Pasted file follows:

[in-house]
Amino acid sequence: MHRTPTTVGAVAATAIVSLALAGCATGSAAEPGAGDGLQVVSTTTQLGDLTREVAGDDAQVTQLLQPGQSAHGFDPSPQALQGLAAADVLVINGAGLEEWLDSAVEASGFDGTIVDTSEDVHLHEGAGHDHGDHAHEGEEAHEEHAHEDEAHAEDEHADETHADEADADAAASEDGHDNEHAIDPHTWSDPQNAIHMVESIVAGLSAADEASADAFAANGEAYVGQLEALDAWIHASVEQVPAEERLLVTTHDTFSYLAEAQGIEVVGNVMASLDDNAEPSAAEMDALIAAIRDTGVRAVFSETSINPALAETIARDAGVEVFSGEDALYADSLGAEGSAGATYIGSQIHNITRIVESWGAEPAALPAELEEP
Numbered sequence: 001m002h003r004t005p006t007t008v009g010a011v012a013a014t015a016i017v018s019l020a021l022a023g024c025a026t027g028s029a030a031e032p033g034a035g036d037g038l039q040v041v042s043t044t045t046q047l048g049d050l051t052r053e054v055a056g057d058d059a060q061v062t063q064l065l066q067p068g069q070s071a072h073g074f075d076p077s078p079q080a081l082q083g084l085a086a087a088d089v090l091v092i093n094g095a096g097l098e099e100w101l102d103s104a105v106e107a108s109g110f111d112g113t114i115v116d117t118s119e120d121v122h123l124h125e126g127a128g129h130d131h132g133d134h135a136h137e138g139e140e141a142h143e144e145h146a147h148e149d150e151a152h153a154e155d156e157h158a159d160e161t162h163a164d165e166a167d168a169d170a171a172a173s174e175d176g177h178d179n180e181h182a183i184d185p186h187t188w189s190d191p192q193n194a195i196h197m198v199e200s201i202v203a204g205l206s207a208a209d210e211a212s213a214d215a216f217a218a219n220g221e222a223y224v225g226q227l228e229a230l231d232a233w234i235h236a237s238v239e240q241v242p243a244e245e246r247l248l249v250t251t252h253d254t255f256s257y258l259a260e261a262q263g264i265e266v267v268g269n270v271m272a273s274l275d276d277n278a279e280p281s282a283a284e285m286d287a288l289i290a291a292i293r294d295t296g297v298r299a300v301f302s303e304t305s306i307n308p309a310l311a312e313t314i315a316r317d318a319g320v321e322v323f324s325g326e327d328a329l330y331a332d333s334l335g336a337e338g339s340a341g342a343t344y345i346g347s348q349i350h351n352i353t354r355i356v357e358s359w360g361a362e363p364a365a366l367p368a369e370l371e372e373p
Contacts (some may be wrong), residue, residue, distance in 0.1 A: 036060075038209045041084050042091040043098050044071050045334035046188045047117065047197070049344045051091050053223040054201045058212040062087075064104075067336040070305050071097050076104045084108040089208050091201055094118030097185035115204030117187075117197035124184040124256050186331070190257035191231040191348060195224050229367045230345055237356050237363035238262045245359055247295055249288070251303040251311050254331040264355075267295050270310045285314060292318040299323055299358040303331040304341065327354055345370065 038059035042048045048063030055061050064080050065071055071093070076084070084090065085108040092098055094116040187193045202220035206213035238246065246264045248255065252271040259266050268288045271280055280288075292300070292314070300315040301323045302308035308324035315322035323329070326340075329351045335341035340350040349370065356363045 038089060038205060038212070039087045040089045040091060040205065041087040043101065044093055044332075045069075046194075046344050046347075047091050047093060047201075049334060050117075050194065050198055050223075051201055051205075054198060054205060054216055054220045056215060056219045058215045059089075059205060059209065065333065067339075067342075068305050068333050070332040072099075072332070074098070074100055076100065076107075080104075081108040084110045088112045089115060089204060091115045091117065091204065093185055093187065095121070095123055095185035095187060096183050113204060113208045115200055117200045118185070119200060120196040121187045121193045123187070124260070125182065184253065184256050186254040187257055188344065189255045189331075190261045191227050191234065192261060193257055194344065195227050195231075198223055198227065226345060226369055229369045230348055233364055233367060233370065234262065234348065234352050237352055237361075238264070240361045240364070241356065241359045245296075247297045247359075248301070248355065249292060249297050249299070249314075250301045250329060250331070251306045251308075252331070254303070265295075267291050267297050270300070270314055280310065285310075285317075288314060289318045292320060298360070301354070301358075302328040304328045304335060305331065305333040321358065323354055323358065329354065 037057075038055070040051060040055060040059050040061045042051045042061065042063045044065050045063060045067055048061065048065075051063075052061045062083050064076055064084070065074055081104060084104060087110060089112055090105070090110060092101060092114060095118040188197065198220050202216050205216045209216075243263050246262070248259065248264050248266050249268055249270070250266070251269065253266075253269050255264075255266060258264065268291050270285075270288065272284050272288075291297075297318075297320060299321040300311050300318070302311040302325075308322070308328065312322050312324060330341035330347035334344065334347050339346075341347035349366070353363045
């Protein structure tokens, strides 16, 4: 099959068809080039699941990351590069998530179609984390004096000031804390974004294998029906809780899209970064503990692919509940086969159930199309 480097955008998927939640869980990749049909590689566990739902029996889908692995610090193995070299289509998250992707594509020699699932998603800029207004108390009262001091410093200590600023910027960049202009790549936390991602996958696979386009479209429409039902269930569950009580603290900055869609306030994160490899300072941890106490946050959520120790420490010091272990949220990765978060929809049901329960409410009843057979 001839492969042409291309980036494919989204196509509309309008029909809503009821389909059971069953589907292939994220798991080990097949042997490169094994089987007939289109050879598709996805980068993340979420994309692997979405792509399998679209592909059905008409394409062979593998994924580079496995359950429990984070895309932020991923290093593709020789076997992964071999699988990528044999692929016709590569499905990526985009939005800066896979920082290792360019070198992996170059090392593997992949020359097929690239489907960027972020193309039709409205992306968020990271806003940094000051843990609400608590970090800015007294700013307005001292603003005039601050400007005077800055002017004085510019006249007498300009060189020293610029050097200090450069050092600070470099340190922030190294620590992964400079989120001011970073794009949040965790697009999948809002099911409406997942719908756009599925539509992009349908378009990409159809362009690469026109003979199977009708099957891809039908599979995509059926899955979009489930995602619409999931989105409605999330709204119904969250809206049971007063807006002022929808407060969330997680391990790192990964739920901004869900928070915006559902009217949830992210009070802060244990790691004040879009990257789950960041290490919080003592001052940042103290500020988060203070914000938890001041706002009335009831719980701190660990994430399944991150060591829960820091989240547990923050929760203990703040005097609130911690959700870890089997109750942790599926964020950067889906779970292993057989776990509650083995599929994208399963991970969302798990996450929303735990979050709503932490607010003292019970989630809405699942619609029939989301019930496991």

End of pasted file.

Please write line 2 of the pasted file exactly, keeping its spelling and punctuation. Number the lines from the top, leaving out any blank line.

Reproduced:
Amino acid sequence: MHRTPTTVGAVAATAIVSLALAGCATGSAAEPGAGDGLQVVSTTTQLGDLTREVAGDDAQVTQLLQPGQSAHGFDPSPQALQGLAAADVLVINGAGLEEWLDSAVEASGFDGTIVDTSEDVHLHEGAGHDHGDHAHEGEEAHEEHAHEDEAHAEDEHADETHADEADADAAASEDGHDNEHAIDPHTWSDPQNAIHMVESIVAGLSAADEASADAFAANGEAYVGQLEALDAWIHASVEQVPAEERLLVTTHDTFSYLAEAQGIEVVGNVMASLDDNAEPSAAEMDALIAAIRDTGVRAVFSETSINPALAETIARDAGVEVFSGEDALYADSLGAEGSAGATYIGSQIHNITRIVESWGAEPAALPAELEEP